If you are fortunate enough to have an antique chain mesh purse, chances are it may need to cleaning.
As a collector of these rare chain mesh purses, I know how they can become dull, tarnished, and look like something which should be thrown away. But, if you know their worth, trashing them is like grinding gold down a garbage disposal. Even if these, rare, historical accessories are displayed within a glass case, they still take on tarnish and lose their original luster after a few months. I have a remedy which will keep your treasures shining and beautiful, without fear of damage or using harsh chemicals to clean them.
A good old fashioned way of cleaning: Vinegar and baking soda.
Clean away tarnish, grime, dirt, and oxidation without scratching your treasures. (This was my grandma’s tip, and it is a safe, natural, combination that really works.) It makes metals, gemstones, and other embellishments sparkle. I also use it to clean faucets, tubs, bathroom tile and even add a bit in my laundry to remove stains and odors.
To use for cleaning, make a paste of the baking soda by adding a little water. Mix to match the consistency and texture of toothpaste. Using a soft toothbrush, scrub area to be cleaned with the baking soda paste. Dip toothbrush in vinegar and scrub area, again. The vinegar will cause the baking soda mixture to foam. Dip the toothbrush into the vinegar as often as needed to keep the mixture foaming. Rinse the area being cleaned and check to see if it might need a second application. Usually, one application of this process will work beautifully, but sometimes a second application may be necessary, if the area being cleaned is heavily soiled.
Removing corrosion requires extra caution. Many antique purse metal frames do not have silver content, and may show signs of corrosion. This is particularly evident in purses made with a copper or brass base. Many antique purses were made from brass, then were silver plated. Over the years, the thin layer of silver tarnishes and turns black. Removing the tarnish may leave the brassy tones showing through the surface. If these purses were stored improperly or subject to moisture, evidence of corrosion could be substantial. Rust and verdigris (a green rust, common with copper) on chain mail purses is unsightly, smells bad, and is potentially hazardous. If green verdigris is visible, handle cautiously, as it is highly toxic. When cleaning corrosion from anything, you should wear a face mask to prevent breathing in the dust, or at least dampen the area with water to prevent the dust from becoming airborne.
• First, scrub item or area affected with the vinegar and baking soda solution with a soft brush. The solution will also neutralize the corrosion and prevent further corrosion.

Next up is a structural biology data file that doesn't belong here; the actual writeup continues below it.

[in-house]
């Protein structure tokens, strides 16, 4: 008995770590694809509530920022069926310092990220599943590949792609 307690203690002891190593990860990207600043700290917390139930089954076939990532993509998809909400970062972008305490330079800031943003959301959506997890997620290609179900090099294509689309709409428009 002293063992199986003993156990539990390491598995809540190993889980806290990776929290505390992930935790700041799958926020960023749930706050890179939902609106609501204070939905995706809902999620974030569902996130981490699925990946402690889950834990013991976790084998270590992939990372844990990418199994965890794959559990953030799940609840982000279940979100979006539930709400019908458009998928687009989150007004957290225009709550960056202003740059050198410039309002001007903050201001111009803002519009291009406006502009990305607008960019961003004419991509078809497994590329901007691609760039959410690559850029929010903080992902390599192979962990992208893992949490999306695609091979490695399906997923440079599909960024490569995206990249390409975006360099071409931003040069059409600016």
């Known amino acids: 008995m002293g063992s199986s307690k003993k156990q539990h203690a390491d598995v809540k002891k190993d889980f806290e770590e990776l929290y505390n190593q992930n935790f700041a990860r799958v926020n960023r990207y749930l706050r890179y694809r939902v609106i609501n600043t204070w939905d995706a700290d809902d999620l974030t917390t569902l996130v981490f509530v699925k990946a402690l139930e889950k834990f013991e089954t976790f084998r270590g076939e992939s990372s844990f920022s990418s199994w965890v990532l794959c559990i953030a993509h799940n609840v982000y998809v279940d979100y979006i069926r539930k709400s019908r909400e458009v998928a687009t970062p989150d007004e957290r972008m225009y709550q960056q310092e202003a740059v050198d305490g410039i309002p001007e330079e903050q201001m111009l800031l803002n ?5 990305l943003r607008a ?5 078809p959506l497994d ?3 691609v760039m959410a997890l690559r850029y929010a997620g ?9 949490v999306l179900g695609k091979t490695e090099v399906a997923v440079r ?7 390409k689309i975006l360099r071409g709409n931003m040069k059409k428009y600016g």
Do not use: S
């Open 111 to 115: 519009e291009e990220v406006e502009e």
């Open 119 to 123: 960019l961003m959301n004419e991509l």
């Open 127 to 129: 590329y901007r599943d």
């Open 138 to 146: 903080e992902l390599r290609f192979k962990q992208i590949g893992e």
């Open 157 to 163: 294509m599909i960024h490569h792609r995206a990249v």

• Second, scrape any remaining corrosion away using fine steel wool, or tip of a blade if corrosion is in a tight spot. If you use a blade, scrape lightly, being careful to scrape only the area affected.
• Next, scrub area with the vinegar and baking soda solution, again, and rinse.
Dry thoroughly with soft cloth.
Finish item by polishing with a silver polish, or lightly rub a tiny amount of orange oil (furniture oil also works well) over area cleaned. Wipe off any excess oil. This will put a thin moisture proof barrier between the metal and air, which will help prevent more tarnishing and corrosion.
Corroded chain mail or chain mesh purses are a bit more tricky to clean. If there is a lot of rust or verdigris on the mesh body, it would be simpler to just throw the chain mail mesh into a rock tumbler. However, I don’t have that luxury, and I imagine that would make a lot of noise, anyway. I use one of those battery operated, huge cleaning brushes, which looks like a toothbrush on steroids. You can purchase one at the grocery or drug store in the cleaning isle. I also like to use a baking soda toothpaste, for this project.
• First, soak the chain mesh in a glass dish with hot water, a squirt of dish soap, and dissolved baking soda. Soak for at least 10 minutes.
• Second, scrub the chain mesh, using the baking soda toothpaste and brush. Chain mail mesh is usually pretty tough, so don’t be too afraid to scrub vigorously. Rinse in warm water.
• Next, pile the chain mail in the palm of your hand. Add a few drops of dish soap and a dime-sized squirt of baking soda toothpaste on top. Now, kneed the chain mail mesh vigorously in the palm of your hand, rubbing the links against each other. Get rough. SCRUB! Rinse and repeat as necessary.
• When you get the chain mail as clean as you can get it, dip in vinegar and rinse. Dry with a soft cloth.
Re-link any chain mail which may have separated. It is better for weak links to detach during a cleaning so you will not have to worry about any weak spots, later. Your chain mail should be squeaky clean and sparkle, unless it was heavily corroded and damaged. Unfortunately, if the chain mail mesh is heavily damaged by the corrosion, the only thing you can do is enamel it with a coat of rust proof paint. Even then, an antique chain mail mesh purse is very rare and valuable. During the Victorian era, it was not uncommon for widows to have their chain mail mesh bags painted with black lacquer or enamel to signify mourning. So, if you must resort to painting your antique chain mail mesh purse, black would be the color to use.